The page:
[T]he dictates of freedom of business decision are less compelling when an ongoing business assumes all other benefits and liabilities of its predecessor, holds itself out to the world as the same enterprise, without notifying known customers, [and] continues to function in the same manner ․ with the same key employees, producing the same product.

501 F.2d at 1153.   To these observations we add that, despite Coe's protestations to the contrary, it was able to insure itself against being ultimately liable for claims such as Garcia's by negotiating insurance and indemnification provisions as part of the purchase agreement with WIW.   Simply because the six-year period for which it negotiated may have been too short does not lead to the conclusion that the alienability of corporate assets will be harmed.

{23} Having adopted the product-line exception and having determined that there may be genuine issues of material fact affecting its application, we reverse the summary judgment dismissing Garcia's strict liability claim.

 {24} There was a genuine issue of material fact as to whether Coe breached an independent duty to warn of alleged defects in the boardline.   A corporation that acquires the assets of another for adequate cash consideration does not automatically acquire a duty to warn of alleged defects in its predecessor's products.   Such a duty arises only when there is a nexus between the successor corporation, its predecessor's customers, and the allegedly defective product.   The key inquiry is whether there are sufficient facts to warrant an inference that the successor corporation had actual or constructive notice of the alleged defect.   See Serna v. Roche Lab., 101 N.M. 522, 524, 684 P.2d 1187, 1189 (Ct.App.1984) (stating that when dangers from use may be anticipated, manufacturer must provide adequate warning or the product is “defective”, citing Restatement (Second) of Torts, § 402A cmt. h).

{25} In Travis v. Harris Corp., 565 F.2d 443, 449 (7th Cir.1977), the Seventh Circuit stated that

[s]uccession to a predecessor's service contracts, coverage of the particular machine under a service contract, service of that machine by the purchaser corporation, a purchaser corporation's knowledge of defects and of the location or owner of that machine, are factors which may be considered in determining the presence of a nexus or relationship effective to create a duty to warn.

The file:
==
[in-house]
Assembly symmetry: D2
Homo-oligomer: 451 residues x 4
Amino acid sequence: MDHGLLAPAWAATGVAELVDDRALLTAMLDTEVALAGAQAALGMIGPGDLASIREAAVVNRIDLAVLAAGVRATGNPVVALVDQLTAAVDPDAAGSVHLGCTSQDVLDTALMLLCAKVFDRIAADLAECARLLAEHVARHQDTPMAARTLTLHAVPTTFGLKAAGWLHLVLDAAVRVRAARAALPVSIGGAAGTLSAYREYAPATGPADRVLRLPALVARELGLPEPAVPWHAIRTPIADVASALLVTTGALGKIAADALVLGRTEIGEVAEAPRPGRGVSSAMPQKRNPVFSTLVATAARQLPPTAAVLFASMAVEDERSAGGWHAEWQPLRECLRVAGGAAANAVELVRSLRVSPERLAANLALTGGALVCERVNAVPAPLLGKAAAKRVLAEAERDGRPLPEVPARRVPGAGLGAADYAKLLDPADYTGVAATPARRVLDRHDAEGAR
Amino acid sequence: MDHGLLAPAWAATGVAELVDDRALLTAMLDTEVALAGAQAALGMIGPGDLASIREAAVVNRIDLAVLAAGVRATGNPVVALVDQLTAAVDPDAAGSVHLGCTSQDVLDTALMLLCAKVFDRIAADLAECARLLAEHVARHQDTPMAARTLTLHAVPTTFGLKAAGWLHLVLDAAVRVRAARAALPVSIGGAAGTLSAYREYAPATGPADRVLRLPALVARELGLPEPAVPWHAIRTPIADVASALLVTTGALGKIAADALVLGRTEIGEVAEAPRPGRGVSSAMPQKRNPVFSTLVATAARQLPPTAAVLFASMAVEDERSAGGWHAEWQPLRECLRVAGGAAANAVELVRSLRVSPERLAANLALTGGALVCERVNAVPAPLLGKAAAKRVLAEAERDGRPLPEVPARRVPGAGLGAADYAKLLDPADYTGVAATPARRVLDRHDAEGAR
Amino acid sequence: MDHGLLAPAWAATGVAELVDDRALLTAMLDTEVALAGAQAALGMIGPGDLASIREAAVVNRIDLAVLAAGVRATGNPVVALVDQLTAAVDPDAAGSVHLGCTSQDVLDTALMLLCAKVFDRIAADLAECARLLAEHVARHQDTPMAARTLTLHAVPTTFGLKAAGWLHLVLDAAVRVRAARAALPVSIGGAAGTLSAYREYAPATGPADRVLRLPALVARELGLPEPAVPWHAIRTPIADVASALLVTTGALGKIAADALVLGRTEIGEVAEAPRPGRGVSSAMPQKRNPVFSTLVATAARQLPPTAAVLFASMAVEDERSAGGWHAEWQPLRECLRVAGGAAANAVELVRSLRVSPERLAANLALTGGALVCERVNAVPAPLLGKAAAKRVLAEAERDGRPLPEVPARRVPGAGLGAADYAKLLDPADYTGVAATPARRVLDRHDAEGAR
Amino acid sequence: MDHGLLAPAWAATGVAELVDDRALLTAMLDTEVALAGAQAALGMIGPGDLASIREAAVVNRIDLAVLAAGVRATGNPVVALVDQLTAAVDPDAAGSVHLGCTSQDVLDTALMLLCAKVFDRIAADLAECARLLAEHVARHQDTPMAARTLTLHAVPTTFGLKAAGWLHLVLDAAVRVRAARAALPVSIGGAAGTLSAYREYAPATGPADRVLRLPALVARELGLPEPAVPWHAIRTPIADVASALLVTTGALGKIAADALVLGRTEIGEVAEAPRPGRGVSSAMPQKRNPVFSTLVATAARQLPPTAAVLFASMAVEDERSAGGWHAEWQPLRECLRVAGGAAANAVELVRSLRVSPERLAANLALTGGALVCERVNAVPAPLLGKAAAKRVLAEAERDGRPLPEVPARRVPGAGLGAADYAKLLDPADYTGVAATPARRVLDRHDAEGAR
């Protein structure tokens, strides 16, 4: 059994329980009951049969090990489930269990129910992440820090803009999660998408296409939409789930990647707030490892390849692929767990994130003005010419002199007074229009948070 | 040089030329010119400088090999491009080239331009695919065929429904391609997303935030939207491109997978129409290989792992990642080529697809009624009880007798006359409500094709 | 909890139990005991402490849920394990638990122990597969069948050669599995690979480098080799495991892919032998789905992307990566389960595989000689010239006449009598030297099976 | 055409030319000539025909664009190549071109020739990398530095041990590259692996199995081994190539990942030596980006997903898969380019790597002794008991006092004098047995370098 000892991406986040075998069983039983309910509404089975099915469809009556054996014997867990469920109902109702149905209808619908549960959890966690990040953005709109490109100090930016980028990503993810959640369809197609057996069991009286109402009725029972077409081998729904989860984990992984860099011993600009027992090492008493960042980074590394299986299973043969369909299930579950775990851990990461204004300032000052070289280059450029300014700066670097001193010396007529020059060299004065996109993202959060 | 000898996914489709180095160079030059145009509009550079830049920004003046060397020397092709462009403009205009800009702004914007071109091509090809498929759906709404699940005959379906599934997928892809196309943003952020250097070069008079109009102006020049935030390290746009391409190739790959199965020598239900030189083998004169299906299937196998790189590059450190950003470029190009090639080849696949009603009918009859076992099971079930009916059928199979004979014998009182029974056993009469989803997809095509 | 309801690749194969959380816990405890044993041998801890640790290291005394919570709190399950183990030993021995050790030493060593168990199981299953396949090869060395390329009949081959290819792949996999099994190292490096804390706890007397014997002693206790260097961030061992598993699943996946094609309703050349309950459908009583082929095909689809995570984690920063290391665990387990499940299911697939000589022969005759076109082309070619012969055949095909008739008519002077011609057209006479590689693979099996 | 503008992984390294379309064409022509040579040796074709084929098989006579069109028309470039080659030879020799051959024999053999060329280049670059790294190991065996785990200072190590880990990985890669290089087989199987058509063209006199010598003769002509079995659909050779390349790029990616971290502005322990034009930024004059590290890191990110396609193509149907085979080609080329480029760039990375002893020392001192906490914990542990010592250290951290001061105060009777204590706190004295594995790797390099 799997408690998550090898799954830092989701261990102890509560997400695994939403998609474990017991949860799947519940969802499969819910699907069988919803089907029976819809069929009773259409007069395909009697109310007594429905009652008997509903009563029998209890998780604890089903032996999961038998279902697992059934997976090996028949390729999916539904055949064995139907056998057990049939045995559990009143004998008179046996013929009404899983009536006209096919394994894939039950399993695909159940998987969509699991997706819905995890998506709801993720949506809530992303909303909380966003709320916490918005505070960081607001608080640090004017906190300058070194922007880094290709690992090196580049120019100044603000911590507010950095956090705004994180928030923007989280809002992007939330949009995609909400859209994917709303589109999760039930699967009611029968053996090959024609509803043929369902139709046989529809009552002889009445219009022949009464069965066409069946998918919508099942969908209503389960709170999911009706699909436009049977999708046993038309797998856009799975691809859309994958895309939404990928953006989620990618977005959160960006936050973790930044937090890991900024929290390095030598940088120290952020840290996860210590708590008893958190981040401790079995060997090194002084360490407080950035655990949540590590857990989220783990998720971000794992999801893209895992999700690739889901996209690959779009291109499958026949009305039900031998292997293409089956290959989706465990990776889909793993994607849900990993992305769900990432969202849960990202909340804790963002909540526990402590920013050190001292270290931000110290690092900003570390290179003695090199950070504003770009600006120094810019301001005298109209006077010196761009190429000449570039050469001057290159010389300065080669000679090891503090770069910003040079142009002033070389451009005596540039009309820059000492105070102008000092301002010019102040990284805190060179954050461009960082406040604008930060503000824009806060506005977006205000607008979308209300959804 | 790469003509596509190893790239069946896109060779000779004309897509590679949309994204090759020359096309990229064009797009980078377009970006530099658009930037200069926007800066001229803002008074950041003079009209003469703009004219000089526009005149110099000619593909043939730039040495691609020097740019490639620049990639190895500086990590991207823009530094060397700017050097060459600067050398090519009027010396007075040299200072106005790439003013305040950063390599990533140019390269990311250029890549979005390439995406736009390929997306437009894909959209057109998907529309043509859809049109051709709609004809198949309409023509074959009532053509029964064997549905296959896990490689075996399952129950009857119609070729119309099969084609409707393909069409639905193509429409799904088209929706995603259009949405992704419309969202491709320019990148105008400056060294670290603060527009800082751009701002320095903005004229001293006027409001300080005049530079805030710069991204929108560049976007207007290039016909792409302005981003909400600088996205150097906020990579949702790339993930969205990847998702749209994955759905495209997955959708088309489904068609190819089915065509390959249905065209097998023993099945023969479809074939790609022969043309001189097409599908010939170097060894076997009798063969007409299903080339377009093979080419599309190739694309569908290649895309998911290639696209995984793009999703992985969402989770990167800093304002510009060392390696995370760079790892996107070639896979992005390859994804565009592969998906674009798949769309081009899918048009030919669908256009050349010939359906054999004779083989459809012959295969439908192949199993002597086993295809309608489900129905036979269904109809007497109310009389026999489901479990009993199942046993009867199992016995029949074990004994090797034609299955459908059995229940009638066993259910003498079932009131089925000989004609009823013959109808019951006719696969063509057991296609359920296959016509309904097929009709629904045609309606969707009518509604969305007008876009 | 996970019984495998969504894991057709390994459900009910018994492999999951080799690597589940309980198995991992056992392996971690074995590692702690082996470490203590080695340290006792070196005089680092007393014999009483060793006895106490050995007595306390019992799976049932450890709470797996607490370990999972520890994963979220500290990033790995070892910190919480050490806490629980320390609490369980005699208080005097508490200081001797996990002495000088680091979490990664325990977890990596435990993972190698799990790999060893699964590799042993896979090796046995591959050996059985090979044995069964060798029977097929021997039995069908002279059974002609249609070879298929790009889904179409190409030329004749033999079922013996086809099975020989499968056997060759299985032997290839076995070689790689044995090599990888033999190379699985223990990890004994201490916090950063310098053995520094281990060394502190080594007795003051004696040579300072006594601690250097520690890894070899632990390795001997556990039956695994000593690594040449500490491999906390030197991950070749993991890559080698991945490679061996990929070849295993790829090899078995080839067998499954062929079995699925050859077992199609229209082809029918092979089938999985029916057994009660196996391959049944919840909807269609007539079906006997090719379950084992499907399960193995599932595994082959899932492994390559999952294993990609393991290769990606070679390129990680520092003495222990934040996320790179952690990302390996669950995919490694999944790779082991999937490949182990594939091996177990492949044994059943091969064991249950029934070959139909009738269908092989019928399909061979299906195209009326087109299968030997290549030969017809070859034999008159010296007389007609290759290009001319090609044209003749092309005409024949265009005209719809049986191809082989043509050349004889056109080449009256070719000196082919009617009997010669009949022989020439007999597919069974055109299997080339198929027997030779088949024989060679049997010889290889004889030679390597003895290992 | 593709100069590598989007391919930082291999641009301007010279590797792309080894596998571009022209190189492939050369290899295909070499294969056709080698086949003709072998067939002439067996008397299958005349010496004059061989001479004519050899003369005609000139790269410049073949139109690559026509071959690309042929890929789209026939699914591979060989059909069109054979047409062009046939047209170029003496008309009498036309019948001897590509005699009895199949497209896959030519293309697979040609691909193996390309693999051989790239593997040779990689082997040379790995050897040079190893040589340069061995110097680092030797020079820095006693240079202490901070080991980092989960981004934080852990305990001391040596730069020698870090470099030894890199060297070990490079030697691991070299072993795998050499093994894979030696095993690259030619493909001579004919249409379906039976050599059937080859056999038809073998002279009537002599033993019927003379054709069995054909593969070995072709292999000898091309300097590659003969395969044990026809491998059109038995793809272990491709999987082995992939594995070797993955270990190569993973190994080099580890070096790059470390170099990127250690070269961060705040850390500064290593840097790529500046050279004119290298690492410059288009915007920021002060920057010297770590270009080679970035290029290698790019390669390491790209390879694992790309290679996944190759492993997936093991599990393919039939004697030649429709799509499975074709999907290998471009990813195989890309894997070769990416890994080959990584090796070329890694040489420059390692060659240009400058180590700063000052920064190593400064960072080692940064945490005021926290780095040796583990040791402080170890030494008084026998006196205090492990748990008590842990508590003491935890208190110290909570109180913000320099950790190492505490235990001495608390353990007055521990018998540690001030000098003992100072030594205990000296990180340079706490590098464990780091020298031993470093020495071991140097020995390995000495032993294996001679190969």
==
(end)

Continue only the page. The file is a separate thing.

The court cautioned, however, that “[t]he mere continuation of a name and acquisition of good will cannot of themselves create a duty to warn.”  Id. at 448.   Rather, “a duty to warn arises when a relationship exists between him upon whom the duty falls and the dangerous situation to be warned against.”   Id.

{26} New York's highest court has held that a successor may be held liable for breaching an independent duty to warn of defects in its predecessor's products.  Schumacher v. Richards Shear Co., 59 N.Y.2d 239, 464 N.Y.S.2d 437, 440-41, 451 N.E.2d 195, 199 (1983).   New York adopted the list of factors set out in Travis as the relevant considerations in determining whether a duty to warn exists.  Id.  Applying these considerations in Schumacher, the court held that there was sufficient evidence to defeat a motion for summary judgment on the issue of failure to warn, stating:

Other than the single service call (which, standing alone, might not be enough to create a duty to warn), [the successor] knew of the location and owner of the machine and actively offered to service it.   Moreover, [the successor] held itself out on at least two occasions as having expertise in the product line it had acquired from [its predecessor].   Although [the successor] apparently did not formally assume [its predecessor's] service contracts, it did, in fact, offer to service the machine to the potential economic advantage of both parties.

464 N.Y.S.2d at 442, 451 N.E.2d at 200.

{27} Here, the record discloses that Coe did more than merely continue WIW's name and acquire its good will.   Moreover, its relationship with Montana de Fibra consisted of more than “a single service call.”   Under the purchase agreement, Coe assumed WIW's service contract obligations.   Coe knew that a WIW boardline was in operation at the Montana de Fibra plant.   Coe's employee made a service call to the plant, and its employees observed the line in operation.   Penner was familiar with delayed start-up mechanisms and knew the boardline at the Montana de Fibra plant did not have such a mechanism.   Finally, Coe participated in the installation and start-up of the boardline at the Montana de Fibra plant and performed at least two items of warranty work thereon.   Therefore, even though the president of Coe stated in his affidavit that Coe was not aware of any accidents involving similar boardline equipment, viewing the facts in a light most favorable to Garcia, this evidence was sufficient to create an issue of fact whether Coe breached its duty to warn of potential safety hazards.   Accordingly, we reverse the summary judgment regarding Garcia's negligence claim and remand for further proceedings consistent with this opinion.




1.   This is a mechanism that would have emitted audible and visible warnings prior to restarting of the conveyor.

SERNA, Justice.

FRANCHINI, C.J., and BACA, J., concur.